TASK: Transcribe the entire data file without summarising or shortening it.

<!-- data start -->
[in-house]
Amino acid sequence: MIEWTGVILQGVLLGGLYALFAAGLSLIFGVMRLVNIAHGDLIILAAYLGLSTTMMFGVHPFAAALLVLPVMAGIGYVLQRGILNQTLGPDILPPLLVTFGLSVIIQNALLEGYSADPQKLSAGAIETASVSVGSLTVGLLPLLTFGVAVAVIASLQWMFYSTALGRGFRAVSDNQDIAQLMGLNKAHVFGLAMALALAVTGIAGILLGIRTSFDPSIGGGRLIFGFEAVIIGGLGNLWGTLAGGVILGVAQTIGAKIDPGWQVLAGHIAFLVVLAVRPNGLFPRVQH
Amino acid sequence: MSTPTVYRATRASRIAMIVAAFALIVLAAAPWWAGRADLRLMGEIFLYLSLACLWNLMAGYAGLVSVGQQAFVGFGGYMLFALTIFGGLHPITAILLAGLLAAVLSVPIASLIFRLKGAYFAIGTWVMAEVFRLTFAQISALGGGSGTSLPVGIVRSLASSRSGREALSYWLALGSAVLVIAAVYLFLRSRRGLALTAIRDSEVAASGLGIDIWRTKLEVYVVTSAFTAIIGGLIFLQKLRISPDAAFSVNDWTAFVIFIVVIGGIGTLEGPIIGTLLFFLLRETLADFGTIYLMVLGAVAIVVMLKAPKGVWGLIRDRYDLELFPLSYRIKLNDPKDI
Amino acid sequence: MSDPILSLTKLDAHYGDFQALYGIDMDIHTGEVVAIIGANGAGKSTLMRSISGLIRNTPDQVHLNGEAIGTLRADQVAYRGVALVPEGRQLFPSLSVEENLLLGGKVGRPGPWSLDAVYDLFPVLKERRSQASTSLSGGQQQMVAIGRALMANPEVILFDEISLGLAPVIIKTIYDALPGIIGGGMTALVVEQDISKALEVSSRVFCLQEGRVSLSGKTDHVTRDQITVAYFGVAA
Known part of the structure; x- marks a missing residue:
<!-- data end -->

[in-house]
Amino acid sequence: MIEWTGVILQGVLLGGLYALFAAGLSLIFGVMRLVNIAHGDLIILAAYLGLSTTMMFGVHPFAAALLVLPVMAGIGYVLQRGILNQTLGPDILPPLLVTFGLSVIIQNALLEGYSADPQKLSAGAIETASVSVGSLTVGLLPLLTFGVAVAVIASLQWMFYSTALGRGFRAVSDNQDIAQLMGLNKAHVFGLAMALALAVTGIAGILLGIRTSFDPSIGGGRLIFGFEAVIIGGLGNLWGTLAGGVILGVAQTIGAKIDPGWQVLAGHIAFLVVLAVRPNGLFPRVQH
Amino acid sequence: MSTPTVYRATRASRIAMIVAAFALIVLAAAPWWAGRADLRLMGEIFLYLSLACLWNLMAGYAGLVSVGQQAFVGFGGYMLFALTIFGGLHPITAILLAGLLAAVLSVPIASLIFRLKGAYFAIGTWVMAEVFRLTFAQISALGGGSGTSLPVGIVRSLASSRSGREALSYWLALGSAVLVIAAVYLFLRSRRGLALTAIRDSEVAASGLGIDIWRTKLEVYVVTSAFTAIIGGLIFLQKLRISPDAAFSVNDWTAFVIFIVVIGGIGTLEGPIIGTLLFFLLRETLADFGTIYLMVLGAVAIVVMLKAPKGVWGLIRDRYDLELFPLSYRIKLNDPKDI
Amino acid sequence: MSDPILSLTKLDAHYGDFQALYGIDMDIHTGEVVAIIGANGAGKSTLMRSISGLIRNTPDQVHLNGEAIGTLRADQVAYRGVALVPEGRQLFPSLSVEENLLLGGKVGRPGPWSLDAVYDLFPVLKERRSQASTSLSGGQQQMVAIGRALMANPEVILFDEISLGLAPVIIKTIYDALPGIIGGGMTALVVEQDISKALEVSSRVFCLQEGRVSLSGKTDHVTRDQITVAYFGVAA
Known part of the structure; x- marks a missing residue: